The RCMP's new, billion-dollar regional headquarters is largely out of sight, but it is on the minds of municipal mayors who are fearing an even bigger bite out of their budget to pay for the federal force.
E Division's 76,162-square-metre "Surrey Green Timbers" complex will have capacity for 2,700 personnel when it opens next year. Public Works and Government Services Canada's biggest B.C. office project is tucked behind Fraser Health's Jim Pattison Outpatient Care and Surgery Centre, beside the Surrey Nature Centre. The seven-storey development with parking spots for 1,800 vehicles on 14.8 hectares is surrounded by trees and is not apparent to passersby on either 96 Avenue or Green Timbers Way.
When they broke ground on May 7, 2010, Public Safety Minister Vic Toews and B.C.'s then top-ranking cabinet minister Stockwell Day announced French construction giant Bouygues Batiment International and its Canadian facility management subsidiary ETDE had been chosen to build the private-public partnership with financial backing by a since-spun-off arm of HSBC, InfraRed Capital Partners. The same trio also collaborated on the nearby Pattison hospital.
Signs sporting an artist's rendering of the complex by a 96 Avenue driveway were recently joined by a notice of an application for a liquor primary licence. The new RCMP officers' mess hopes to serve beer Sundays through Thursdays from 11 a.m. to midnight and 11 a.m. to 2 a.m. Fridays and Saturdays.
Six holdout municipalities -- Burnaby, Coquitlam, North Vancouver City, North Vancouver District, Port Coquitlam and Richmond -- are faced with a June 30 deadline to sign the 20-year service contract to keep RCMP detachments in their communities. A separate set of negotiations over cost-sharing for the Green Timbers headquarters is in its infancy.
"We have far too often received financial surprises from the RCMP, where they simply give us bills and invoices for services or goods that they have decided upon and we have had little or no input into it," said Richmond Mayor Malcolm Brodie. "Green Timbers? That contract should have been sorted out a long time ago. I don't understand when Ottawa decides to build a building for E Division not knowing who or exactly what departments will occupy the premises and what the financial expectations are."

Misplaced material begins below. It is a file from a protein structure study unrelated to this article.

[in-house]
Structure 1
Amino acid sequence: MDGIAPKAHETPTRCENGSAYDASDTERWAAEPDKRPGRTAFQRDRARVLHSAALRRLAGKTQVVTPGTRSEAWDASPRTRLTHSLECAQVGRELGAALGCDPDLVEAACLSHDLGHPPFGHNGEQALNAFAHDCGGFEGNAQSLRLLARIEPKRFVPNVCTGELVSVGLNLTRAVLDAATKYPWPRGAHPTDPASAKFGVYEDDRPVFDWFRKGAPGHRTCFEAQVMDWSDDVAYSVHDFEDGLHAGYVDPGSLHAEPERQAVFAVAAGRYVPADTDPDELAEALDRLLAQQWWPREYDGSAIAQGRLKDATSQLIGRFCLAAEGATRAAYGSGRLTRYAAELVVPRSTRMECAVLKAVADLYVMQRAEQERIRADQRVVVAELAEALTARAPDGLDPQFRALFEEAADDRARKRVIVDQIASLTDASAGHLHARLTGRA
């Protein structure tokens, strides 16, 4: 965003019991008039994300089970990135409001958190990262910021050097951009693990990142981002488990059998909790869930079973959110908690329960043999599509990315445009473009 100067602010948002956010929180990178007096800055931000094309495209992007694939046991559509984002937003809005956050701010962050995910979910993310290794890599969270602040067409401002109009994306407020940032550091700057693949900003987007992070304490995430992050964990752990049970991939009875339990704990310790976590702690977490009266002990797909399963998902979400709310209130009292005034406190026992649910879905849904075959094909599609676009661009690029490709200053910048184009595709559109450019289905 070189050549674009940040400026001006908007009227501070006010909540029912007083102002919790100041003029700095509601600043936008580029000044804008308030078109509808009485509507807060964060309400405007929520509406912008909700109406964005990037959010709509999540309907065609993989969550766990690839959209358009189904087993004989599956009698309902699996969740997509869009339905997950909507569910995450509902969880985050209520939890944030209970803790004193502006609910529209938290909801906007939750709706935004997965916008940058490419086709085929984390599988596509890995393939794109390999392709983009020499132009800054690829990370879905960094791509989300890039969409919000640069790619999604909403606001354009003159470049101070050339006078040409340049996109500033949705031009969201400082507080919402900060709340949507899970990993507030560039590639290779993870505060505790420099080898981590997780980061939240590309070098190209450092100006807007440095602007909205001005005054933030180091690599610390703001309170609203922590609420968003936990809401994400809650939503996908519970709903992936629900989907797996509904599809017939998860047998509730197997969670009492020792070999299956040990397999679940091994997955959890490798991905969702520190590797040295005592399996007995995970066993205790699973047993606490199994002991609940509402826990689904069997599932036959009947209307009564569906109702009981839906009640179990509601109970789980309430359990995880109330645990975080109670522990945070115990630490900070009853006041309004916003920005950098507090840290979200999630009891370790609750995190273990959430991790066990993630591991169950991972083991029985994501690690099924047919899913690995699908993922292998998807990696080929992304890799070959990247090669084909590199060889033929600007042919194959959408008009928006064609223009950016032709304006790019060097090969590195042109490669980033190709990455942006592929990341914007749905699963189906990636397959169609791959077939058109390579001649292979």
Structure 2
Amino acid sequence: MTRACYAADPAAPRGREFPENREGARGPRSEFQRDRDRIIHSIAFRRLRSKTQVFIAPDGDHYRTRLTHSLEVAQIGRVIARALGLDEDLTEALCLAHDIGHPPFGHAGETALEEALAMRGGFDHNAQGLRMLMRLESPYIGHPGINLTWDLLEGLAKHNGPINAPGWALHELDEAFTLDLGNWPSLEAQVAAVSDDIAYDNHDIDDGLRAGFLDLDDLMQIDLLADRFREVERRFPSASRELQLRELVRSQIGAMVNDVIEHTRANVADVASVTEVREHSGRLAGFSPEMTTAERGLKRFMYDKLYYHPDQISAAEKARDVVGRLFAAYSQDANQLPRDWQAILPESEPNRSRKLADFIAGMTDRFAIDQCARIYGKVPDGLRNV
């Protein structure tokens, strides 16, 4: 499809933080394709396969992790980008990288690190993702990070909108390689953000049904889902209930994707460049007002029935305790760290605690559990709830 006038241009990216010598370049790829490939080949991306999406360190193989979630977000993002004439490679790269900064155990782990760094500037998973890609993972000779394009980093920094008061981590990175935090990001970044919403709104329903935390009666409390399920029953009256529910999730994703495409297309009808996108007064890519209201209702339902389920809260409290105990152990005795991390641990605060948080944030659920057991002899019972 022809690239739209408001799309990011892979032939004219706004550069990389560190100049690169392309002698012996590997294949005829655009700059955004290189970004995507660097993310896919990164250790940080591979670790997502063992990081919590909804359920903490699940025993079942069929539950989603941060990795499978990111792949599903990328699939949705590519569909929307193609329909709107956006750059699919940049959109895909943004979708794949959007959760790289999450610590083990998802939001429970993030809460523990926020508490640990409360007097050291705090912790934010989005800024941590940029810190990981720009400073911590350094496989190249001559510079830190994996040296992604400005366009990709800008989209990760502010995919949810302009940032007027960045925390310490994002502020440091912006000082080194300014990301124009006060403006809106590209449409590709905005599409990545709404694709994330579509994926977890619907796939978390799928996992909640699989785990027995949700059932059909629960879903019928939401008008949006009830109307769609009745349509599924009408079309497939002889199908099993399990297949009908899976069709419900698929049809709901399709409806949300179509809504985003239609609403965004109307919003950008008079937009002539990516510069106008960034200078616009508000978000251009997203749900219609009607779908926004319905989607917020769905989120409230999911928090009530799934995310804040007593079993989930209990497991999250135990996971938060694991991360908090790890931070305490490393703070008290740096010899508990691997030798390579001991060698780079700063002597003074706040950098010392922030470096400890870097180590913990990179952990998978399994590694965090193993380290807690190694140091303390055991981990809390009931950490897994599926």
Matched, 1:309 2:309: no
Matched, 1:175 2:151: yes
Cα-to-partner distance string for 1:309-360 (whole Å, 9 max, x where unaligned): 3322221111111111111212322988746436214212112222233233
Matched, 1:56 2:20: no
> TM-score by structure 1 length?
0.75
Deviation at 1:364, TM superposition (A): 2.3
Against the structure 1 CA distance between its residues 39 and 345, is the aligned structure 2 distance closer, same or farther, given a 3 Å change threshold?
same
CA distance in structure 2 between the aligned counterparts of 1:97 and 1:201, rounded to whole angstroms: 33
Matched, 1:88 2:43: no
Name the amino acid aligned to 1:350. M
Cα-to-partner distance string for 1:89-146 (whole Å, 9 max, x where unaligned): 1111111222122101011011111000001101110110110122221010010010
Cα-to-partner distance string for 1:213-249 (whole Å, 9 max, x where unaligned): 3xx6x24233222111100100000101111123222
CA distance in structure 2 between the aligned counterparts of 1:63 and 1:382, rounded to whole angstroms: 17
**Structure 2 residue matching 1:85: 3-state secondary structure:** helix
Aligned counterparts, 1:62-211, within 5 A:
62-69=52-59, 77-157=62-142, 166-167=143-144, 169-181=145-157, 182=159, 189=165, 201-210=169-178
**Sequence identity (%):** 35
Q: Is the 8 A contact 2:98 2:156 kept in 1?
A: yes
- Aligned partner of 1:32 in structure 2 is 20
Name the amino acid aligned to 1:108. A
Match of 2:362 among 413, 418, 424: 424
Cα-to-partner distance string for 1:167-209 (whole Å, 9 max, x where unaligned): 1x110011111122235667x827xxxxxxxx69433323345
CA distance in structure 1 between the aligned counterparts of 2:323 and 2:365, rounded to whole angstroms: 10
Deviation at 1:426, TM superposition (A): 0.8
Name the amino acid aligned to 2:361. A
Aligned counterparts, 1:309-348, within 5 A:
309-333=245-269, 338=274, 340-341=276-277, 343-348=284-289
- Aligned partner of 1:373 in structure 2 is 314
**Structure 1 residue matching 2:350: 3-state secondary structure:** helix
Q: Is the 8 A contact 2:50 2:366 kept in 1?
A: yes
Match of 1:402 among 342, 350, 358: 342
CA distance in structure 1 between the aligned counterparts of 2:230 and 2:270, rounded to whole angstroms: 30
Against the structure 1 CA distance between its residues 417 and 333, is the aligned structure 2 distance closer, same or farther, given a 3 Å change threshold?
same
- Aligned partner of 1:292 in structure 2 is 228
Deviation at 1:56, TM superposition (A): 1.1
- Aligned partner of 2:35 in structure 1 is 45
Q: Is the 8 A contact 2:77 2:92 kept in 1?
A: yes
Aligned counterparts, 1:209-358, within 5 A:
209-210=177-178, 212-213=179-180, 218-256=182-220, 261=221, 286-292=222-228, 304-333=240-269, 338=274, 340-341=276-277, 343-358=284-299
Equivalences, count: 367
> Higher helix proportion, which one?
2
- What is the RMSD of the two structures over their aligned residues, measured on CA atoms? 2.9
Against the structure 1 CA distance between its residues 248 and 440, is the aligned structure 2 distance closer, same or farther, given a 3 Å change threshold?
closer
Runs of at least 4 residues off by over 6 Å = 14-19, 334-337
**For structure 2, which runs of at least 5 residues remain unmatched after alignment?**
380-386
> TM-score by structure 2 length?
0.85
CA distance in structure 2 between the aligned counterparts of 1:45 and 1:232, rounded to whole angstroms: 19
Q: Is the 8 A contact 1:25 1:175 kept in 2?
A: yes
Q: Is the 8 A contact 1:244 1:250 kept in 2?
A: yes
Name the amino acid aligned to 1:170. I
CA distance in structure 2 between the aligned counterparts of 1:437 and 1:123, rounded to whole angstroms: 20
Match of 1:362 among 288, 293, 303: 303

While Burnaby fears its share will be $1.5 million a year for 25 years, Brodie did not have an estimate on how much Richmond would have to pay.
'Too early to speculate' about costs: Minister Bond
Justice Minister Shirley Bond, who met privately with Brodie at Vancouver International Airport on June 12, was vague on the operational and lease costs for the province and municipalities.
"It's too early to speculate about what the costs might be," she told The Tyee. "I'm not sure what they'll be at this point. I've given my negotiating team directions that we're going to get the best deal possible."
Asked whether her staff has briefed her on cost estimates, she said: "I'm not going to comment, I won't negotiate in the media. This is a very important part of our work with the RCMP. We are tenants. We expect to be looking at a reasonable cost per foot, for rental of that space, for use of that space. That's a negotiation that will take place. Municipalities want us to make sure we get that done properly and I agree with them."
First Nations claims on current RCMP site
The RCMP deemed the 8.5-hectare, three-parcel Fairmont site around 37th Avenue and Heather Street in Vancouver inadequate, too expensive to maintain and beyond its usefulness. The fate of the land is to be decided.
"If the federal government does not find another use for the site, it would be offered for sale at market value (in priority order) to the province, the city, and the general public (i.e. private developer)," said the City of Vancouver's 2005 Riley Park/South Cambie Vision report. "The amount of existing development on the RCMP sites is relatively low in relation to the size of the sites."
The Fairmont land was listed along with federal property near Jericho Beach and in West Vancouver in a presentation on Strategic Disposal of Surplus Property in Greater Vancouver to a November 2010 federal workshop. The property sales would be complicated by overlapping First Nations land claims.
"Musqueam, Tsleil-Waututh and Squamish have demonstrated continued interest in all properties," said the presentation.
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